Justin arrived right on time. In other words, grilling time. To my utter mortification, my grandparents questioned him as if they were cops and he a hardened criminal. All I could do was watch in horror and apologize profusely.

  Here’s how it went down:

  Pops: Plans for the future?

  Justin: Not sure yet.

  Pops: Well, why not? You don’t got much longer in school, boy. Now’s the time to figure things out, not later. Didn’t anyone ever tell you that you can’t spell later without the word late?

  Justin: I promise you, I’m doing my best to figure things out.

  Pops: “Doing my best” is a phrase failures use. Why don’t you buy a man card and finish figuring?

  Me: Pops! That’s so rude. Justin, I’m so sorry.

  I knew this was for my benefit, for my protection, that my grandparents were concerned about me, and didn’t want me to end up with a guy like my dad, that they wanted Justin to be so intimidated by them that he wouldn’t try anything he shouldn’t, but oh, my goodness, it was too much.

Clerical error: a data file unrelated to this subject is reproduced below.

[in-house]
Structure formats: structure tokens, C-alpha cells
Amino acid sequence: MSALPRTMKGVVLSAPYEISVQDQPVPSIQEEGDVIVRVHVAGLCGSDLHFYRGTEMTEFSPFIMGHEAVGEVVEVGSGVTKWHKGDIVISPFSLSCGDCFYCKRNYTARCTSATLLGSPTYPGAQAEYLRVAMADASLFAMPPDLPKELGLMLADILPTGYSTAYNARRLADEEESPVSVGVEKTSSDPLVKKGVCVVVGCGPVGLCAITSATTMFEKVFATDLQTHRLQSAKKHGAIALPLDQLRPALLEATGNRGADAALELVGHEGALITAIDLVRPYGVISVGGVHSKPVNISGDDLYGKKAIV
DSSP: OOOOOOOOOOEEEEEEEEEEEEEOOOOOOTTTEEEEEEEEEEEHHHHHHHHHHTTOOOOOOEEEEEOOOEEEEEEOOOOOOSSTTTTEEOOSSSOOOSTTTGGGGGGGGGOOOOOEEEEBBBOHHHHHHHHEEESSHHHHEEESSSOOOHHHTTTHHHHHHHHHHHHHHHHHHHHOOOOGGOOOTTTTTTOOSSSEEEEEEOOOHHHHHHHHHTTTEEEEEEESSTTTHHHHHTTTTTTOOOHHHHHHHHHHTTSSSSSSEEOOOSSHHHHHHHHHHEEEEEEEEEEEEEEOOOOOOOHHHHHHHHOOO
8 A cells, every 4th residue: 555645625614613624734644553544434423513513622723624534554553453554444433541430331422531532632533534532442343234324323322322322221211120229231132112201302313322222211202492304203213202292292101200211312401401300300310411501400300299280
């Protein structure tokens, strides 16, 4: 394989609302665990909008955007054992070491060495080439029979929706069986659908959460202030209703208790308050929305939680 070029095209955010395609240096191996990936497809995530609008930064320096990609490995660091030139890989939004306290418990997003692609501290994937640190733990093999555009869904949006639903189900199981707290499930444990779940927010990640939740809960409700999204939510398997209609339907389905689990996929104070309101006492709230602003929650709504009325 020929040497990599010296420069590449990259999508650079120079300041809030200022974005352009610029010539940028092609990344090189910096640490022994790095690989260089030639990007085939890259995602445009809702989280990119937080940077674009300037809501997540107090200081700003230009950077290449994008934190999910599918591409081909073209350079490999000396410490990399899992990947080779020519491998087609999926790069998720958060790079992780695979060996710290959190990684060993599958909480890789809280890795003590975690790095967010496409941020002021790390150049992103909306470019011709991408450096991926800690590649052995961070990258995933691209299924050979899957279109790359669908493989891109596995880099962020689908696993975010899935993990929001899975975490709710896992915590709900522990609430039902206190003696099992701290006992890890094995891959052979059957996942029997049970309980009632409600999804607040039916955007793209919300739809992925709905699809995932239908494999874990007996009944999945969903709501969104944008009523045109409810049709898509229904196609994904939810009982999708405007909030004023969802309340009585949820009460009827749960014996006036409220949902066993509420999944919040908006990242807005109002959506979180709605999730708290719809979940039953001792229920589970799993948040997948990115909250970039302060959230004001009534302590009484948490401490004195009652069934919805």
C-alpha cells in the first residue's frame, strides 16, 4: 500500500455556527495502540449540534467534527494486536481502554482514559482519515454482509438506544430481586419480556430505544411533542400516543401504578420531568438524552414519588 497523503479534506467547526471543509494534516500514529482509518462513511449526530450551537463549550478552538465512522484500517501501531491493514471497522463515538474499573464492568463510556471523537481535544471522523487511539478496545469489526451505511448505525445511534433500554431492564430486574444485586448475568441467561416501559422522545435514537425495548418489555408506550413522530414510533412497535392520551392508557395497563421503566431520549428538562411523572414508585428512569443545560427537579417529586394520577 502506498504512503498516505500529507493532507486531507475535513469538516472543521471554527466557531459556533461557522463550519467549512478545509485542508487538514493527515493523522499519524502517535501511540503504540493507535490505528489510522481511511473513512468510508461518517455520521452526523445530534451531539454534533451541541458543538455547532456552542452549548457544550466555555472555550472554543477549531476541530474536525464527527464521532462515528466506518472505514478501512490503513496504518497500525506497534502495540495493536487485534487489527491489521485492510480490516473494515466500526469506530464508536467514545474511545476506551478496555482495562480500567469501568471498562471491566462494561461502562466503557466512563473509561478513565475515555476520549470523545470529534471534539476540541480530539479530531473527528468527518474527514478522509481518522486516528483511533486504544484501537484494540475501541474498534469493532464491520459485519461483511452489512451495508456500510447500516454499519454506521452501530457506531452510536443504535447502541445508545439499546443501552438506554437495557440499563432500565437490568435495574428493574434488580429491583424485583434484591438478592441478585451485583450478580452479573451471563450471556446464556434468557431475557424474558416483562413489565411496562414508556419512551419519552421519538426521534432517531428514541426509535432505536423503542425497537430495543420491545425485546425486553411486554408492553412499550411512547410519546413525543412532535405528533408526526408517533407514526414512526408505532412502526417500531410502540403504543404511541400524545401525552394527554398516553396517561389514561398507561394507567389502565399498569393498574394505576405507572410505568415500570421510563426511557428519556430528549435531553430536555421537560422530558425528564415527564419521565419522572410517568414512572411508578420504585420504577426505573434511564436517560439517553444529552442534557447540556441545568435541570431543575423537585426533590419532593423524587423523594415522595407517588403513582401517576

Pops: What? How is a valid question rude? But all right, fine, I’ll move on since baby boy can’t take the heat. How about you finish this sentence for me, Jason? When a girl says no, she means…

  Justin, looking desperately at me: No?

  Nana: Are you not sure?

  Justin, shifting uncomfortably: I’m sure. No means no.

  Nana: Well, look at you. You got one right. Now here’s another, even tougher sentence for you to finish. Premarital sex is…

  Me: Nana! I’m so sorry, Justin.

  Nana: Unlike Pops, I’m not moving on. Justin?

  Pops: His name is Jason.

  Justin: Uh…uh…

  Pops: While you think about that, why don’t you tell me how you feel about drinking and driving?

  Justin: I’m totally against it, I swear!

  Nana: Methinks he protests too much.

  They finally let us leave, and I apologized all over again.

  “That was brutal,” he gritted out.

  “I know, I’m sorry. They aren’t normally like that, I promise. They just want to make sure I’m safe with you. ”